Therapy Dog Apollonia Inspires Patients at Sanford Behavioral Health

Rae Green and Apol sitting on a bridge in the woods

Interacting with a dog produces the brain chemical oxytocin, increasing trust, emotion, and bonding.

At Sanford Behavioral Health, therapy dog Apollonia (Apol) is a celebrity of sorts. When she trots through the halls with Sanford Founder Rae Green, both patients and team members brighten. She has inspired artwork in art therapy, love letters from patients leaving treatment, and even a set of personalized note cards. Apol also holds the record for the most Facebook shares (4.6k) from our first article about her: Benefits of a Therapy Dog in Mental Health Treatment. Owner Rae Green is also an addiction therapist, so they make an excellent team. While Rae is giving her signature presentation on the “neurobiology of addiction,” Apol can be found gently interacting with an emotional attendee or providing comic relief. In short, she is a valued member of the Sanford multi-disciplinary team.


What is a Therapy Dog?

Therapy dogs interact with all sorts of people and provide comfort and support. They are often found in hospitals, assisted living facilities, schools, disaster areas, and more. According to the National Institutes of Health (NIH), therapy dogs have been proven to positively interact with all three influencers of human health and well-being: biological, psychological, and social.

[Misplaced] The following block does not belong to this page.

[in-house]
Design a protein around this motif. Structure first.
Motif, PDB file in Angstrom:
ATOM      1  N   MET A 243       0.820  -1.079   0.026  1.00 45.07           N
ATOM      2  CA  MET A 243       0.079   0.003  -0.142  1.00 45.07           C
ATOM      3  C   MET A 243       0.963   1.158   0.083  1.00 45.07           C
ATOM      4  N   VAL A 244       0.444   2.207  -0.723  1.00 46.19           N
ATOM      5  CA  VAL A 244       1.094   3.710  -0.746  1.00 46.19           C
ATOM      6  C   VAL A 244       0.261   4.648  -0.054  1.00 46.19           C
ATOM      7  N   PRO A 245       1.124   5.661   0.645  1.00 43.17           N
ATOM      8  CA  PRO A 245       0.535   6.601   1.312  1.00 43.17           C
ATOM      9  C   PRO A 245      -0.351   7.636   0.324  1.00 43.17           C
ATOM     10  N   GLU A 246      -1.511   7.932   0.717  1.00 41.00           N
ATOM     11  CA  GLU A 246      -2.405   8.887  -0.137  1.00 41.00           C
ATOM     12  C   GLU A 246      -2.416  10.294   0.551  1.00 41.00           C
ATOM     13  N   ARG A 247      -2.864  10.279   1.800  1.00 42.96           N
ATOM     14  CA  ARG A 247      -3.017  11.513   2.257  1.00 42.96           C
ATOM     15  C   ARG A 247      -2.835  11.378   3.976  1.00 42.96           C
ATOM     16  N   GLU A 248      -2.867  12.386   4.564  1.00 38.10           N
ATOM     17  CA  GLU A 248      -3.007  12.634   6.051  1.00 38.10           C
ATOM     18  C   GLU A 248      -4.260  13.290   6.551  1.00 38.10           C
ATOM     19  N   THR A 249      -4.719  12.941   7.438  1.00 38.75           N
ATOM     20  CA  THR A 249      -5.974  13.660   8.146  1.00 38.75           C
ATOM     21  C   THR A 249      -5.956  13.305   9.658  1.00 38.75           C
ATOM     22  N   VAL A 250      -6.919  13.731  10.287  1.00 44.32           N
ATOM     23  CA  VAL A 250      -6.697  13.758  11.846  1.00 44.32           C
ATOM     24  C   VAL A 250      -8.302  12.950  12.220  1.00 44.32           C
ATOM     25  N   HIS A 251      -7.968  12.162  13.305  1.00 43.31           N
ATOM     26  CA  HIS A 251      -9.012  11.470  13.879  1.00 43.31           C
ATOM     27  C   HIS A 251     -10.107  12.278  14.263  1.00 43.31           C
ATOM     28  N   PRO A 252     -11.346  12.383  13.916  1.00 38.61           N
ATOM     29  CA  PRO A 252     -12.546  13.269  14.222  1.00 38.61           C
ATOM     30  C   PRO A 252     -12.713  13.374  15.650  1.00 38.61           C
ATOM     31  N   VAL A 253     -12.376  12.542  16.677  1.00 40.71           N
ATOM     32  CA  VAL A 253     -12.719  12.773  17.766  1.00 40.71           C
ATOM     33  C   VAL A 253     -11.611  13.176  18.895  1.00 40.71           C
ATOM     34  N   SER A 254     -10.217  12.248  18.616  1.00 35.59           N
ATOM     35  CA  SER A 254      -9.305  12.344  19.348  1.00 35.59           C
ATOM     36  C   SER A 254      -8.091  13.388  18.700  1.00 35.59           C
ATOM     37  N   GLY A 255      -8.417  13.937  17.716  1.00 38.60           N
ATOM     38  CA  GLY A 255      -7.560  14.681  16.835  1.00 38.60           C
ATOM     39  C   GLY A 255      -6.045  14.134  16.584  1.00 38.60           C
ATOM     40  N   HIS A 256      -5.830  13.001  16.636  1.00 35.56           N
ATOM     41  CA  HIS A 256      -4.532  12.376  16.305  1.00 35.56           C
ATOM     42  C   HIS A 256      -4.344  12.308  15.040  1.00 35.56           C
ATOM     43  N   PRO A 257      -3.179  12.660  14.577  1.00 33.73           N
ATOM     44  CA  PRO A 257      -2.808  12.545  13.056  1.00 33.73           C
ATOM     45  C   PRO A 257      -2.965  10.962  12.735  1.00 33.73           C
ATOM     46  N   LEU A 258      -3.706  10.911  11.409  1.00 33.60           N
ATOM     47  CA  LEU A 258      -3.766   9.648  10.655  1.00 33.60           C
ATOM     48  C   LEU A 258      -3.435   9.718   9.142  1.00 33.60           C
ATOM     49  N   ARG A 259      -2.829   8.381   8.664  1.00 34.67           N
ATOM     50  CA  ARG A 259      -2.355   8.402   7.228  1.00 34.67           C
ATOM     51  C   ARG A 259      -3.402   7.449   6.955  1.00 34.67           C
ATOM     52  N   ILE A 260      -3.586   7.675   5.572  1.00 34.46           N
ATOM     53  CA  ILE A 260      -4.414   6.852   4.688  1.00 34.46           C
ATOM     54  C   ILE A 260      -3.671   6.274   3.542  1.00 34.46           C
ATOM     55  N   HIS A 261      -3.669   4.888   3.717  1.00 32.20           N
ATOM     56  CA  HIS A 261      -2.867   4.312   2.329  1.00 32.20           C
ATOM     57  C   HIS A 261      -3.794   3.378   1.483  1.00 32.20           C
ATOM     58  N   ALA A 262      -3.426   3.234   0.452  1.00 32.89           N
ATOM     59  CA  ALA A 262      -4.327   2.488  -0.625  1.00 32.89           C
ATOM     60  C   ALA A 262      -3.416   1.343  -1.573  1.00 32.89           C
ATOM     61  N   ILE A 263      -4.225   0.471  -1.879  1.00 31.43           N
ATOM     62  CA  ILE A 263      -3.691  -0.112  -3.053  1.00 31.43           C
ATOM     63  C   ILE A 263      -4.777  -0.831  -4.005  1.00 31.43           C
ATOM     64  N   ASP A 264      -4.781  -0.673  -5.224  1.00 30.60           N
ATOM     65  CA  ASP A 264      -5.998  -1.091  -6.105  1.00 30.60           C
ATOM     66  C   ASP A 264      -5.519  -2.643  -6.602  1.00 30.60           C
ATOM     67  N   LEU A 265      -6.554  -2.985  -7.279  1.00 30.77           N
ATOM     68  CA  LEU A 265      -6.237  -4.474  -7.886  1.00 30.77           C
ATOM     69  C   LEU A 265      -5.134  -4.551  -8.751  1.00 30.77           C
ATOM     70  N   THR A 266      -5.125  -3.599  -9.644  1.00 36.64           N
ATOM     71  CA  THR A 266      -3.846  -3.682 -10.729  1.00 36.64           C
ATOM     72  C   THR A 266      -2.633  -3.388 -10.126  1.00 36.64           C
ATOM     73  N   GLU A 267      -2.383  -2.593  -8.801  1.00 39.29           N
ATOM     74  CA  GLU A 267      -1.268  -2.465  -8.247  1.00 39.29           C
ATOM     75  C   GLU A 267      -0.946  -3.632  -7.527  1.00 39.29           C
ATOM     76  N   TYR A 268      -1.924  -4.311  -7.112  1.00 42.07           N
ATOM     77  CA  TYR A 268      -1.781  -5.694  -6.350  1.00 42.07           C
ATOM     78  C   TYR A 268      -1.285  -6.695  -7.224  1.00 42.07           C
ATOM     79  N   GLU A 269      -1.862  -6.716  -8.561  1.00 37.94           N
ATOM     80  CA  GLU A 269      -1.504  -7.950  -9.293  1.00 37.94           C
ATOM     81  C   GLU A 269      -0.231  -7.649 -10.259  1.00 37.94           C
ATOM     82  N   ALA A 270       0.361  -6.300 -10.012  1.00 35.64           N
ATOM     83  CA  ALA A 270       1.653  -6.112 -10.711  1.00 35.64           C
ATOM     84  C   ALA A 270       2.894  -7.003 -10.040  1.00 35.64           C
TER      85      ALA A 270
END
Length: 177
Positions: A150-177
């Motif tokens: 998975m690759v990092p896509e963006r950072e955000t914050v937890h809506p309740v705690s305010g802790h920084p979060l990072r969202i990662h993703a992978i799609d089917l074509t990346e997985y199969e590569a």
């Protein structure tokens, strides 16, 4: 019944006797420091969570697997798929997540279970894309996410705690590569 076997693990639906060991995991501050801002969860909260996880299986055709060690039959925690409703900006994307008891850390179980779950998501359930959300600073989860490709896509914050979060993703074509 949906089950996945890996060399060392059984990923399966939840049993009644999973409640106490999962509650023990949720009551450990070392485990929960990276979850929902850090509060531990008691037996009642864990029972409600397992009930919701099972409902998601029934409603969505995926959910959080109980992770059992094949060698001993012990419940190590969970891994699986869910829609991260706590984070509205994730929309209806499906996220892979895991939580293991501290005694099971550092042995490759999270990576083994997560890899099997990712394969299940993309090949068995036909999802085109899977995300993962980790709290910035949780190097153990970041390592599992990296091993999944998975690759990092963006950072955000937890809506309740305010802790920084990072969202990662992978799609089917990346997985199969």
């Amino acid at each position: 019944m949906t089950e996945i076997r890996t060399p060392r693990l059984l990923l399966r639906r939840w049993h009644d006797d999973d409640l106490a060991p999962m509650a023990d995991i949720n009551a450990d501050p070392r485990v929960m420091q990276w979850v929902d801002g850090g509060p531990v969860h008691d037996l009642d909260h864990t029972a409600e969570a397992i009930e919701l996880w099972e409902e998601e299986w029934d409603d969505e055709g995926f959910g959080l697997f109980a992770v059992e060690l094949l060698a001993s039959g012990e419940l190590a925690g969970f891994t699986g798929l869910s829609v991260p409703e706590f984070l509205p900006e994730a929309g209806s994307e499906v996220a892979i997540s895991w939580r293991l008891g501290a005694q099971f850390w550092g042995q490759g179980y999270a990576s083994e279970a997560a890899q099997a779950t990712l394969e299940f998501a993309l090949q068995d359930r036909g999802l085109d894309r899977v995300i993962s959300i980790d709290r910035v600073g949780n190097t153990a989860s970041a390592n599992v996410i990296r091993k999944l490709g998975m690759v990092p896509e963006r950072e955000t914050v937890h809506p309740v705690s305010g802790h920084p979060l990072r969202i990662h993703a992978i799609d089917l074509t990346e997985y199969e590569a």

Therapy Dog Benefits (NIH Dogs Supporting Human Health and Well-Being: A Biopsychosocial Approach)

    • Garners positive outcomes for all ages
    • Decreases depression
    • Helps provide coping mechanisms
    • Reduces anxiety and stress levels
    • Decreases distress in those who have experienced trauma
    • Can make the therapeutic process more effective
    • Provides inspiration
    • Positively impacts psychological functioning, cognition, and learning
    • Can influence blood pressure, heart rate, endorphins, and dopamine
    • Short-term interactions with a dog can decrease concentrations of  the stress hormone cortisol
    • Interaction can produce oxytocin, impacting trust, emotion, and bonding
    • Improves social functioning, prosocial behaviors, and perception of social inclusion


5 Questions for Sanford Behavioral Health Founder Rae Green, JD, LPC, CAADC

Rae Green walking the halls with Apol


1. Sanford- What type of training did Apol have to become a therapy dog?

Rae Green – My daughter Jacqueline is a vet technician with a certification in animal-assisted therapy; she trained Apollonia. Apol was also a puppy when our previous therapy dog, Santino, was alive, so she learned from the best. Jacq says that Apol is able to “tune in” to all ages, as evidenced by how she behaves around Jacq’s baby (my granddaughter).